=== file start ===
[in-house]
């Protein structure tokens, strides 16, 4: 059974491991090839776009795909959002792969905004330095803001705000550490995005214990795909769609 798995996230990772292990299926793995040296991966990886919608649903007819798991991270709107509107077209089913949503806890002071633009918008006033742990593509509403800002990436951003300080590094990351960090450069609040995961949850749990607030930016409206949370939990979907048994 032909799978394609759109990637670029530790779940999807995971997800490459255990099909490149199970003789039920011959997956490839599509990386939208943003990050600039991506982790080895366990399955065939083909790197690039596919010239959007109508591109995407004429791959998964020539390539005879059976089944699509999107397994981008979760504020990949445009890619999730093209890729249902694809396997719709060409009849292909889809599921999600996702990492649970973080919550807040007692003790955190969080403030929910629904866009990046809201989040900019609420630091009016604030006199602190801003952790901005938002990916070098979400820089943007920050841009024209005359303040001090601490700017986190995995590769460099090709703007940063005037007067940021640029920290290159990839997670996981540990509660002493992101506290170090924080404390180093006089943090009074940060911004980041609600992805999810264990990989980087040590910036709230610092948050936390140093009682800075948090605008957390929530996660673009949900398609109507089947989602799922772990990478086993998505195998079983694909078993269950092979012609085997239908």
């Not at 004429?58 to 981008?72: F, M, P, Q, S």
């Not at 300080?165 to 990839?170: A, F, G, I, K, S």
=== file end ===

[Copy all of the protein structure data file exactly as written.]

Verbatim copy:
[in-house]
């Protein structure tokens, strides 16, 4: 059974491991090839776009795909959002792969905004330095803001705000550490995005214990795909769609 798995996230990772292990299926793995040296991966990886919608649903007819798991991270709107509107077209089913949503806890002071633009918008006033742990593509509403800002990436951003300080590094990351960090450069609040995961949850749990607030930016409206949370939990979907048994 032909799978394609759109990637670029530790779940999807995971997800490459255990099909490149199970003789039920011959997956490839599509990386939208943003990050600039991506982790080895366990399955065939083909790197690039596919010239959007109508591109995407004429791959998964020539390539005879059976089944699509999107397994981008979760504020990949445009890619999730093209890729249902694809396997719709060409009849292909889809599921999600996702990492649970973080919550807040007692003790955190969080403030929910629904866009990046809201989040900019609420630091009016604030006199602190801003952790901005938002990916070098979400820089943007920050841009024209005359303040001090601490700017986190995995590769460099090709703007940063005037007067940021640029920290290159990839997670996981540990509660002493992101506290170090924080404390180093006089943090009074940060911004980041609600992805999810264990990989980087040590910036709230610092948050936390140093009682800075948090605008957390929530996660673009949900398609109507089947989602799922772990990478086993998505195998079983694909078993269950092979012609085997239908």
């Not at 004429?58 to 981008?72: F, M, P, Q, S």
């Not at 300080?165 to 990839?170: A, F, G, I, K, S």